The West Midlands Police and Crime Commissioner is to put youth workers in Coventry and Wolverhampton Accident and Emergency departments in a bid to tackle violent crime.  

David Jamieson says the new team will work alongside clinical staff to identify those who might be caught up in a cycle of violence.

The initiative will offer tailored support for people aged 25 and under. Medical staff will alert the youth workers to victims of serious youth violence, sexual violence or abuse who are admitted to hospital.

The PCC has already placed youth workers in Birmingham’s Queen Elizabeth hospital and Heartlands via the charity Redthread. The time though, the new youth workers have been recruited by the St Giles Trust. The organisation was commissioned to carry out the work for an initial 12 month period by the PCC backed Violence Prevention Alliance.  If the scheme is deemed to be successful then funding could be extended.

Knife crime in the region has risen 85% since 2012, with the Commissioner describing the surge in violent crime as a ‘national emergency’.

The St Giles Trust will support young people to help keep them away from violence or exploitation, either as a victim or a perpetrator.

The West Midlands Police and Crime Commissioner, David Jamieson, said: “The introduction of additional youth workers in our region’s hospitals will prove invaluable in the fight against violent crime.

“Experts describe the moment when a person has been seriously injured and is lying in a hospital bed as a ‘teachable moment’ and a time when that person is more likely to be open to help and support.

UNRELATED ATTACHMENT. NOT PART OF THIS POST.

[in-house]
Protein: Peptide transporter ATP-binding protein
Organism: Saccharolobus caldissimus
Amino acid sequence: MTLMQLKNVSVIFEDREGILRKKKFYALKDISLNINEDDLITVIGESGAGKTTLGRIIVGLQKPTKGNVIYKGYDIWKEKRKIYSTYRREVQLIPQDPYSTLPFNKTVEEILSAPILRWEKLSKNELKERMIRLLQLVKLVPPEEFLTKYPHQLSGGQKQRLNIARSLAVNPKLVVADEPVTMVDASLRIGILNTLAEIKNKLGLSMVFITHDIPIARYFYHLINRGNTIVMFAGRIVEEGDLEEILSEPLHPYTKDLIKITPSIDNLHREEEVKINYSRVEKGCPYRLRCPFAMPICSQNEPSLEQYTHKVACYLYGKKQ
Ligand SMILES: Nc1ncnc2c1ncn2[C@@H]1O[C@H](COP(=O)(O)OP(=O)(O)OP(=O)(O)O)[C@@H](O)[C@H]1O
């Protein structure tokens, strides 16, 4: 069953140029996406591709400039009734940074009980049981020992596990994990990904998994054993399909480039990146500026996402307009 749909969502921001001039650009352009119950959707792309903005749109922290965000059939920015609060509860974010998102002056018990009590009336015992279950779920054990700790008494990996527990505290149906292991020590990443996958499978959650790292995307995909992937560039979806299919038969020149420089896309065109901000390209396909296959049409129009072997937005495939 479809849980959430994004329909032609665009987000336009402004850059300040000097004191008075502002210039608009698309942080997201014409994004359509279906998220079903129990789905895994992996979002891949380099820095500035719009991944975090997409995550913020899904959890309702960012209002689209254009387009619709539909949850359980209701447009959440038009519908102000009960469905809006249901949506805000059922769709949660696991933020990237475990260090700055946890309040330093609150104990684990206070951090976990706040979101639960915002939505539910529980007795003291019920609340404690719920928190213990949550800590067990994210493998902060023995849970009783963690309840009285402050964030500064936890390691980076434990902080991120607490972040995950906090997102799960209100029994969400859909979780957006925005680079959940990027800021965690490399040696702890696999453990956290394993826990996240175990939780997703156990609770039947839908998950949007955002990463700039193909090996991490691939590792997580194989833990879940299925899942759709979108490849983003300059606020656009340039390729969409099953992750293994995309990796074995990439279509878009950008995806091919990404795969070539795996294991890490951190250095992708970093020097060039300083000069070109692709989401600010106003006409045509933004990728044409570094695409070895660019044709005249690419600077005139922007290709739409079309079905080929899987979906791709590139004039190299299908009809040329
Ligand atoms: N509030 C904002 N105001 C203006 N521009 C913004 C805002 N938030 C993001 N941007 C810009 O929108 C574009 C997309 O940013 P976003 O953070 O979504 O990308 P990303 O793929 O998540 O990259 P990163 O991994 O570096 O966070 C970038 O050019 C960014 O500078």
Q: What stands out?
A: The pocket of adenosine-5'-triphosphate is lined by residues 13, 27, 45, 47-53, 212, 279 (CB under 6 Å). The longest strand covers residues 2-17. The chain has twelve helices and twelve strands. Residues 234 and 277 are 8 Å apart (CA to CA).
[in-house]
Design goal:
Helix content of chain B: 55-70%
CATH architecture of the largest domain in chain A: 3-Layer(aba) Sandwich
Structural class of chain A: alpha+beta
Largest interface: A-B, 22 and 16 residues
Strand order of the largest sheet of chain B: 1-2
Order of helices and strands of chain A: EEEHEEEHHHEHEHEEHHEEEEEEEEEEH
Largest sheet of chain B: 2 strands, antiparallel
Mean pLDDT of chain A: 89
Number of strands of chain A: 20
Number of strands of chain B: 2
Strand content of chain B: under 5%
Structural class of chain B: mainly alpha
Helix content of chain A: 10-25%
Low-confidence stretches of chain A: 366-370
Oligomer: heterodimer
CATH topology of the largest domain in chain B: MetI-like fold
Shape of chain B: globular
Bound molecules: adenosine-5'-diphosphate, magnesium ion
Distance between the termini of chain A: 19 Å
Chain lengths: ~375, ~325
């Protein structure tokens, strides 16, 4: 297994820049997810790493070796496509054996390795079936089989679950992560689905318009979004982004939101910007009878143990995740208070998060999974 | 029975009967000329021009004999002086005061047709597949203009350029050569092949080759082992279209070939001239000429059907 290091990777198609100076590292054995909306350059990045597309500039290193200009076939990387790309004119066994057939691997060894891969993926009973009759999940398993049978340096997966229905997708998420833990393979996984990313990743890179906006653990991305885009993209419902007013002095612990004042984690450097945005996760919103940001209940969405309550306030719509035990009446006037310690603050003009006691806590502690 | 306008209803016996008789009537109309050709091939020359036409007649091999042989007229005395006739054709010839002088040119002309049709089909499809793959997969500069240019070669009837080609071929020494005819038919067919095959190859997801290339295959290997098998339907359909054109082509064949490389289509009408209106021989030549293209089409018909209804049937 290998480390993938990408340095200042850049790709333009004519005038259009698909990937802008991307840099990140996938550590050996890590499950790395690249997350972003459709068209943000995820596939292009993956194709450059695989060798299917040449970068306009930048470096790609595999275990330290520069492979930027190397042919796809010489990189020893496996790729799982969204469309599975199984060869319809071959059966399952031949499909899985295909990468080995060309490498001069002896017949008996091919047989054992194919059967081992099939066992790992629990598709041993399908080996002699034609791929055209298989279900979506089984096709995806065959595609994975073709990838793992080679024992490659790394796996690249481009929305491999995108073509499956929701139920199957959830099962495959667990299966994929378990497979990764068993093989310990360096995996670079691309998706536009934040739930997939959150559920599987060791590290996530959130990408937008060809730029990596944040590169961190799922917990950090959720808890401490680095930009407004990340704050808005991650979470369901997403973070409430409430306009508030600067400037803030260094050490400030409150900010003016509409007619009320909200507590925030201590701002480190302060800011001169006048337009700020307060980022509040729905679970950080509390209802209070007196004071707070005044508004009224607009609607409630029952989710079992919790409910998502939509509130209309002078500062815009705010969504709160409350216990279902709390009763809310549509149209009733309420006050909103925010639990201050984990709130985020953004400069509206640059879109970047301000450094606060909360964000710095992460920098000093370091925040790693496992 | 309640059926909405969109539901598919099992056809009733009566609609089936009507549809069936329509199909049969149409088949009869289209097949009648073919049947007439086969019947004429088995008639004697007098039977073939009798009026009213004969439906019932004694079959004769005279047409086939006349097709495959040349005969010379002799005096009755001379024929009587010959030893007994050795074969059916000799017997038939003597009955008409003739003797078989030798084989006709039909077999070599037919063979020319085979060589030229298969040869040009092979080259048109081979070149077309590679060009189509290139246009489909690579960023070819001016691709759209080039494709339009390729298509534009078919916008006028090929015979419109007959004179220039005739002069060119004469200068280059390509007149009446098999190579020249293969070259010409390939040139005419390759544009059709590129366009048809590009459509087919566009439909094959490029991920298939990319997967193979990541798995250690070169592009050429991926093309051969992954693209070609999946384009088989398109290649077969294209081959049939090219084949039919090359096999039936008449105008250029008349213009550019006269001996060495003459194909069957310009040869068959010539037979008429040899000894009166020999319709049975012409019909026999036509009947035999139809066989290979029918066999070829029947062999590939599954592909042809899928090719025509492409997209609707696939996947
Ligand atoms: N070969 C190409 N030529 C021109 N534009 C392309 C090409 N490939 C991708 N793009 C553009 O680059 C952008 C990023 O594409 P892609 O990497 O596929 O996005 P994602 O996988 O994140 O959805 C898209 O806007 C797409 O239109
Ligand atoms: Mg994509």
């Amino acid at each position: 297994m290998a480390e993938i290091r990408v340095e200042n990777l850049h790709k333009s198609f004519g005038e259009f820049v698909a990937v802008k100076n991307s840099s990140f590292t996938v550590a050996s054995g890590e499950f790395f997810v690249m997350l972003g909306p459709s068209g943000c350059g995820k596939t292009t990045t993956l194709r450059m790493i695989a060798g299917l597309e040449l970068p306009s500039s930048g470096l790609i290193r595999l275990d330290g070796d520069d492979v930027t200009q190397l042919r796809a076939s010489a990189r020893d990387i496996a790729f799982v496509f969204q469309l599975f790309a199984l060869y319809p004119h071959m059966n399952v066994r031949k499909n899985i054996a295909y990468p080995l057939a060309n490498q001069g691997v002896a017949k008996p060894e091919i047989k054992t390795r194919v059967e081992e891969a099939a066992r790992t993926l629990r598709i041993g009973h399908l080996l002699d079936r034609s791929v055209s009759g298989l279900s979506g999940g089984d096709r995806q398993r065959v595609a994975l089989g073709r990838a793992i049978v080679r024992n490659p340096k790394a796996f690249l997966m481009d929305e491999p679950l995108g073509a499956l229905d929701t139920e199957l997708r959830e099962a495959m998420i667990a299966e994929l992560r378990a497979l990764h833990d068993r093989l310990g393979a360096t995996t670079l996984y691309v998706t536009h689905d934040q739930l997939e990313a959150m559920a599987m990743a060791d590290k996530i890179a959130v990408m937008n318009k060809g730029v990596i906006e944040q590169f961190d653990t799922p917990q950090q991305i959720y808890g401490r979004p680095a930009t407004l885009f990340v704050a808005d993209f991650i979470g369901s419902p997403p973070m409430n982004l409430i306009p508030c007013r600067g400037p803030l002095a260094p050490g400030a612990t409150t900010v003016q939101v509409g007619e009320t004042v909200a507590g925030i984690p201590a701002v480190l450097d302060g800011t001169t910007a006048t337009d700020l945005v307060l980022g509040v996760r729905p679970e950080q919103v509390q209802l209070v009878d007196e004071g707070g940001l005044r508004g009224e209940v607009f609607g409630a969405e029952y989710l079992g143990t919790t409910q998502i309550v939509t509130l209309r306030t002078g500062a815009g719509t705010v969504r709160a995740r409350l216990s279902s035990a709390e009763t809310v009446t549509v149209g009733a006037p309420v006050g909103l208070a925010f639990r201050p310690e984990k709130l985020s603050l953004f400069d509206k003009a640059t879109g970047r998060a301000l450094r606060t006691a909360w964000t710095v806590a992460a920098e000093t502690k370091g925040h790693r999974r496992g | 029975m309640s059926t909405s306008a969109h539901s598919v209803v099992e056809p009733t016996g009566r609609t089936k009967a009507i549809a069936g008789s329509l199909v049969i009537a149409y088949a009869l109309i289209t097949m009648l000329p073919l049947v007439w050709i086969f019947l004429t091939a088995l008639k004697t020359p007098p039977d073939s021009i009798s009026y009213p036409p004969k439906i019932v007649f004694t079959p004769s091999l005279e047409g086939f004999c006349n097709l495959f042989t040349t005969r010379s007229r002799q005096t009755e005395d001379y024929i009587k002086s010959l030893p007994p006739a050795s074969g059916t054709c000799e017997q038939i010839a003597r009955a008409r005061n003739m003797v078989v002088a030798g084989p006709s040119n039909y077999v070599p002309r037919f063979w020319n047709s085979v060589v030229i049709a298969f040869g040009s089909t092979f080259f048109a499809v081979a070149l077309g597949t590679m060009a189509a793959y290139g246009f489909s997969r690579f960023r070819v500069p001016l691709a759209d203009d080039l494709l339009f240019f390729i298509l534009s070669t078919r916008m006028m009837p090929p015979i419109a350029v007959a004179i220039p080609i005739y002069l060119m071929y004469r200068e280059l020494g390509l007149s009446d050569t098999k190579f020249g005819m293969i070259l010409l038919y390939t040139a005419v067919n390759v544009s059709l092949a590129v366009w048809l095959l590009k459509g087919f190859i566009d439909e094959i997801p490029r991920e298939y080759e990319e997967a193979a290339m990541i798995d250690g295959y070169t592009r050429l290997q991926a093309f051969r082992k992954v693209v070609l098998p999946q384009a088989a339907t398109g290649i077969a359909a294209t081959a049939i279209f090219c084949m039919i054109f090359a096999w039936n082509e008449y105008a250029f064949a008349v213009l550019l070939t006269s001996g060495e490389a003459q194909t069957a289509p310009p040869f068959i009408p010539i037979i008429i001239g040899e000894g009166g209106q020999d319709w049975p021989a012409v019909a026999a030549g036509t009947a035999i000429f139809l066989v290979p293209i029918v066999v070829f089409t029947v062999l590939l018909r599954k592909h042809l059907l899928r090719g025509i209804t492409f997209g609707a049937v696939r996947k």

“Placing youth workers in accident and emergency units is just one of the many ways I am working to reduce the number of deaths from violent crime and breaking the cycle of re-offending.”

Youth Workers are now stationed at the Queen Elizabeth Hospital and Heartlands Hospital in Birmingham, New Cross Hospital in Wolverhampton and University Hospital Coventry and Warwickshire in Coventry.

Steve Clarke, a spokesperson for the St Giles Trust, said: “It is well documented that violence amongst young people is a serious issue and an issue we need to tackle.

“Our service in A&E departments will give us an opportunity to engage with those individuals in their hour of need and our youth workers will be on hand to offer tailored support to lead them away from the violence that caused them to end up in hospital.”

Redthread and the St Giles Trust are working in collaboration with the West Midlands Violence Prevention Alliance which consists of West Midlands Police, Public Health England, West Midlands Office of the Police and Crime Commissioner, NHS, Education representatives and local authorities.

This group of organisations is committed to working together to prevent violence.

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